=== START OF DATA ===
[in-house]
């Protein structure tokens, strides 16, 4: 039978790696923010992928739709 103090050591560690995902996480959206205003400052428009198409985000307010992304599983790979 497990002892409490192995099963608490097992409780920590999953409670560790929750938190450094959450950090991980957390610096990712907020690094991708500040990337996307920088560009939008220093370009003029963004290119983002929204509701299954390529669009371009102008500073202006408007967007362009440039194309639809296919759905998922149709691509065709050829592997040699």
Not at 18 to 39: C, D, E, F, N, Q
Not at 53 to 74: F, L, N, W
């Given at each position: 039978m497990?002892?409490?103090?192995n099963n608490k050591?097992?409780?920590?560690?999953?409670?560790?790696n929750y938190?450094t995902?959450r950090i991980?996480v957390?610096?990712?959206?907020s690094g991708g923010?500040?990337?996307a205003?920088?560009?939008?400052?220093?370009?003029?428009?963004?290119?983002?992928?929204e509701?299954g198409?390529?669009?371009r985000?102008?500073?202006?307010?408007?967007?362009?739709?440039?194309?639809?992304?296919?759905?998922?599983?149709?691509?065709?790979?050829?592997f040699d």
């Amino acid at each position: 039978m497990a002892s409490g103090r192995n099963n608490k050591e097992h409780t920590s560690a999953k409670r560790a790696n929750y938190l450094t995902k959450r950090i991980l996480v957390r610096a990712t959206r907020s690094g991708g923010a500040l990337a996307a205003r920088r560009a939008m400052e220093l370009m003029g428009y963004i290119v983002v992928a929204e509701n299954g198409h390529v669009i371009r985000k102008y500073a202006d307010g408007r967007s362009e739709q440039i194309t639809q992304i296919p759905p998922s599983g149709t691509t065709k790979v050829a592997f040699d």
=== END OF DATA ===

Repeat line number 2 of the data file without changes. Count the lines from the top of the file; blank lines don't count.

């Protein structure tokens, strides 16, 4: 039978790696923010992928739709 103090050591560690995902996480959206205003400052428009198409985000307010992304599983790979 497990002892409490192995099963608490097992409780920590999953409670560790929750938190450094959450950090991980957390610096990712907020690094991708500040990337996307920088560009939008220093370009003029963004290119983002929204509701299954390529669009371009102008500073202006408007967007362009440039194309639809296919759905998922149709691509065709050829592997040699």